As a computer support professional, it will be your responsibility to recover systems from severe problems when they arise. Windows provides a wide range of techniques for recovering from all types of error conditions. You will need to know which recovery technique is the most appropriate to use in a given situation, as well as to be able to employ it properly. The information and skills in this topic should prepare you to respond in a professional and competent manner to correct system issues, recover the system, and get users working again.
A system restore point is a snapshot of the system conﬁguration at a given moment in time. The System Restore utility monitors the system for changes to core system ﬁles, drivers, and the Registry. It automatically creates restore points that contain information about any changes to these components and stores the restore points on the computer’s hard disk. You can also create manual restore points. Restore points include information about changes to system ﬁles, but not data ﬁles or the contents of the Documents folder. You can use a restore point to restore system settings to an earlier state without affecting changes in user data since that time.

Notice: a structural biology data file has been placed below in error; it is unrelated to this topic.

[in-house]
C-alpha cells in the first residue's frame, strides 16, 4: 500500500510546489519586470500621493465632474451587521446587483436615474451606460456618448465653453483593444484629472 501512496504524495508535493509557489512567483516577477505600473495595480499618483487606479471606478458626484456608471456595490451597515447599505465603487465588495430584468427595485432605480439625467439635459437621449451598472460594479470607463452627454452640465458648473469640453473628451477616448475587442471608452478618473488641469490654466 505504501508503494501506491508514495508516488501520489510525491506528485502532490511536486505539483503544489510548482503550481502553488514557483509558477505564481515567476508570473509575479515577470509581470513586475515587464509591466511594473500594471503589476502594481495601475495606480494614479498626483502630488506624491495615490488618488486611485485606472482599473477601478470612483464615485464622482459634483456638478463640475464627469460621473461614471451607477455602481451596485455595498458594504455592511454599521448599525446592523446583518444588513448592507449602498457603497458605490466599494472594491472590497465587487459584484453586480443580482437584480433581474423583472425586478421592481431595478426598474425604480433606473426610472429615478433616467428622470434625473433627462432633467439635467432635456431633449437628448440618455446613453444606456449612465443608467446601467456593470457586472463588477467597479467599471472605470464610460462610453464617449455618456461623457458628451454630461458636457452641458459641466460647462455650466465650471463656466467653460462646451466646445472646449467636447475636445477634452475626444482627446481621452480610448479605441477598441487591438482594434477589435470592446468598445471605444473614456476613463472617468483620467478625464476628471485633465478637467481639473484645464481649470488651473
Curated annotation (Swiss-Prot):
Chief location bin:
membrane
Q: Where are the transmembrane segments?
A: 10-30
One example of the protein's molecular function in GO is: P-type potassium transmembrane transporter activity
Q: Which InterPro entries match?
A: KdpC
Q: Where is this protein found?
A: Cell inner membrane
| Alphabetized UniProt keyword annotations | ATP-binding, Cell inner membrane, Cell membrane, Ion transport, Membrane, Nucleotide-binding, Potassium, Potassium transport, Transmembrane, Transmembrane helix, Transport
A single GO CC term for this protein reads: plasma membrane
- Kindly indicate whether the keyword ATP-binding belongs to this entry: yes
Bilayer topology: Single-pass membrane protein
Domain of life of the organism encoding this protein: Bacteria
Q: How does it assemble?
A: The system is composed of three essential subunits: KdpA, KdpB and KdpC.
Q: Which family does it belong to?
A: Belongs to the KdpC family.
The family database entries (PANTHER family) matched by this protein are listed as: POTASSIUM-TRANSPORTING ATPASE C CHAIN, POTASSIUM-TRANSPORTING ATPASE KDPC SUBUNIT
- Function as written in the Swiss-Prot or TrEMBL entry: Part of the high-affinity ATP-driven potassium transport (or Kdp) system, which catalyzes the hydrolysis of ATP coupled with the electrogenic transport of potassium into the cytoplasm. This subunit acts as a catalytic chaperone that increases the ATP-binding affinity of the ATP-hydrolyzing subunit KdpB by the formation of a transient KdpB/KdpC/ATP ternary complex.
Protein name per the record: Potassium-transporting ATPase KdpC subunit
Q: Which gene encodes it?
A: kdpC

Figure: System Restore.
Tips: Restore points also do not completely remove installed software. Use Add or Remove Programs to remove all ﬁles, settings, and Registry entries for an installed application.
Types of Restore Points
The following table lists all the possible types of restore points.
Initial System Checkpoints :
Windows is installed. Can be used to roll the system back to its state just after installation.
System Checkpoints :
Every 24 hours. If the computer is off for more than 24 hours, one is created at the next reboot.
Program Installation :
Programs are installed with installer tools such as Install Shield and Windows Installer.
Auto Update :
Before installing any update from the Microsoft website that is automatically downloaded with the Auto Update feature.
Manually Created :
Users manually create restore points. In Windows 7, a user can use a shadow copy created during File Backup and Complete PC Backup as a restore point.
Restore Operation :
You restore the system to a restore point.
Unsigned Device Driver :
An unsigned driver is installed.
Backup Utility Recovery :
The Windows Backup utility is used to recover ﬁles.